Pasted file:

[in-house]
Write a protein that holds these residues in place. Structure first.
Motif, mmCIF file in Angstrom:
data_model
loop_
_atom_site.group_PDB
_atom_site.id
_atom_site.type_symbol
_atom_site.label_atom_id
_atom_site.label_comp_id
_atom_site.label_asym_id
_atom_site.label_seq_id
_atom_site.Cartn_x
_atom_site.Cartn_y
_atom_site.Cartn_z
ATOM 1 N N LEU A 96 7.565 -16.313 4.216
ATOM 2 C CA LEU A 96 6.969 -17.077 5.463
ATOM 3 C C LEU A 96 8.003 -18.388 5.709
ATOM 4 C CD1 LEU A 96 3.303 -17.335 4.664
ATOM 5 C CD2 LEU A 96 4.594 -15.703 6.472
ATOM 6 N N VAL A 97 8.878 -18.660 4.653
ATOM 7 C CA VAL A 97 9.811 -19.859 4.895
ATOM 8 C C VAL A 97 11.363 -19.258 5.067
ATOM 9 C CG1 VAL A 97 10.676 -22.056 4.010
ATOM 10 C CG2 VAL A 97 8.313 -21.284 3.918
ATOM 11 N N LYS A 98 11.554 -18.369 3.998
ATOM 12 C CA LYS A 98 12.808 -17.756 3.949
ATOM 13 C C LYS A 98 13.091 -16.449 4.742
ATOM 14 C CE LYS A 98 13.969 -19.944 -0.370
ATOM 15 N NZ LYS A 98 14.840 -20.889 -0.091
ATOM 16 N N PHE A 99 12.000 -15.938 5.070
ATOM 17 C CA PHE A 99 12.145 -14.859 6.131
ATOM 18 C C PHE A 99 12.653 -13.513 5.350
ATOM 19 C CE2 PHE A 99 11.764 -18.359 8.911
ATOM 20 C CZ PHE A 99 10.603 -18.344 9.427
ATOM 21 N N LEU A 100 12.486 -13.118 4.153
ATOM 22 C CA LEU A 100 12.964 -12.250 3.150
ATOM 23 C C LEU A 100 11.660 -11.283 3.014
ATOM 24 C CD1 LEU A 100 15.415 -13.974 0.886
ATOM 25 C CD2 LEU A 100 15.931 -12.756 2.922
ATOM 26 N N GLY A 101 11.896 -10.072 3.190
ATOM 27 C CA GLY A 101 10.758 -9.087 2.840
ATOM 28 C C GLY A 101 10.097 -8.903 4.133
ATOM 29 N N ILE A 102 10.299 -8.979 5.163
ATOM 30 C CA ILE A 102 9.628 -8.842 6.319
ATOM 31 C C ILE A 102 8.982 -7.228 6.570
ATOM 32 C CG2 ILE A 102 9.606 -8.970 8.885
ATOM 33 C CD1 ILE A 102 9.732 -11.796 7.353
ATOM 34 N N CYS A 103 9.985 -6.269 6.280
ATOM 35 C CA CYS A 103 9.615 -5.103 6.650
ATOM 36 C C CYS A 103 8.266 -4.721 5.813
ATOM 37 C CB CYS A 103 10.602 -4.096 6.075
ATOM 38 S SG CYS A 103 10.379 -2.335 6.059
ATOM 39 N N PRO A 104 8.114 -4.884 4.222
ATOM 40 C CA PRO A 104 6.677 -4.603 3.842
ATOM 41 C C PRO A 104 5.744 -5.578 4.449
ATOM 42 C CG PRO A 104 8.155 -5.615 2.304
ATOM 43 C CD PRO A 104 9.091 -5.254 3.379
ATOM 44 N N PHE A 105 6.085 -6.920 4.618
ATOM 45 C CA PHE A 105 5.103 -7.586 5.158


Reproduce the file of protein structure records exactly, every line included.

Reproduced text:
[in-house]
Write a protein that holds these residues in place. Structure first.
Motif, mmCIF file in Angstrom:
data_model
loop_
_atom_site.group_PDB
_atom_site.id
_atom_site.type_symbol
_atom_site.label_atom_id
_atom_site.label_comp_id
_atom_site.label_asym_id
_atom_site.label_seq_id
_atom_site.Cartn_x
_atom_site.Cartn_y
_atom_site.Cartn_z
ATOM 1 N N LEU A 96 7.565 -16.313 4.216
ATOM 2 C CA LEU A 96 6.969 -17.077 5.463
ATOM 3 C C LEU A 96 8.003 -18.388 5.709
ATOM 4 C CD1 LEU A 96 3.303 -17.335 4.664
ATOM 5 C CD2 LEU A 96 4.594 -15.703 6.472
ATOM 6 N N VAL A 97 8.878 -18.660 4.653
ATOM 7 C CA VAL A 97 9.811 -19.859 4.895
ATOM 8 C C VAL A 97 11.363 -19.258 5.067
ATOM 9 C CG1 VAL A 97 10.676 -22.056 4.010
ATOM 10 C CG2 VAL A 97 8.313 -21.284 3.918
ATOM 11 N N LYS A 98 11.554 -18.369 3.998
ATOM 12 C CA LYS A 98 12.808 -17.756 3.949
ATOM 13 C C LYS A 98 13.091 -16.449 4.742
ATOM 14 C CE LYS A 98 13.969 -19.944 -0.370
ATOM 15 N NZ LYS A 98 14.840 -20.889 -0.091
ATOM 16 N N PHE A 99 12.000 -15.938 5.070
ATOM 17 C CA PHE A 99 12.145 -14.859 6.131
ATOM 18 C C PHE A 99 12.653 -13.513 5.350
ATOM 19 C CE2 PHE A 99 11.764 -18.359 8.911
ATOM 20 C CZ PHE A 99 10.603 -18.344 9.427
ATOM 21 N N LEU A 100 12.486 -13.118 4.153
ATOM 22 C CA LEU A 100 12.964 -12.250 3.150
ATOM 23 C C LEU A 100 11.660 -11.283 3.014
ATOM 24 C CD1 LEU A 100 15.415 -13.974 0.886
ATOM 25 C CD2 LEU A 100 15.931 -12.756 2.922
ATOM 26 N N GLY A 101 11.896 -10.072 3.190
ATOM 27 C CA GLY A 101 10.758 -9.087 2.840
ATOM 28 C C GLY A 101 10.097 -8.903 4.133
ATOM 29 N N ILE A 102 10.299 -8.979 5.163
ATOM 30 C CA ILE A 102 9.628 -8.842 6.319
ATOM 31 C C ILE A 102 8.982 -7.228 6.570
ATOM 32 C CG2 ILE A 102 9.606 -8.970 8.885
ATOM 33 C CD1 ILE A 102 9.732 -11.796 7.353
ATOM 34 N N CYS A 103 9.985 -6.269 6.280
ATOM 35 C CA CYS A 103 9.615 -5.103 6.650
ATOM 36 C C CYS A 103 8.266 -4.721 5.813
ATOM 37 C CB CYS A 103 10.602 -4.096 6.075
ATOM 38 S SG CYS A 103 10.379 -2.335 6.059
ATOM 39 N N PRO A 104 8.114 -4.884 4.222
ATOM 40 C CA PRO A 104 6.677 -4.603 3.842
ATOM 41 C C PRO A 104 5.744 -5.578 4.449
ATOM 42 C CG PRO A 104 8.155 -5.615 2.304
ATOM 43 C CD PRO A 104 9.091 -5.254 3.379
ATOM 44 N N PHE A 105 6.085 -6.920 4.618
ATOM 45 C CA PHE A 105 5.103 -7.586 5.158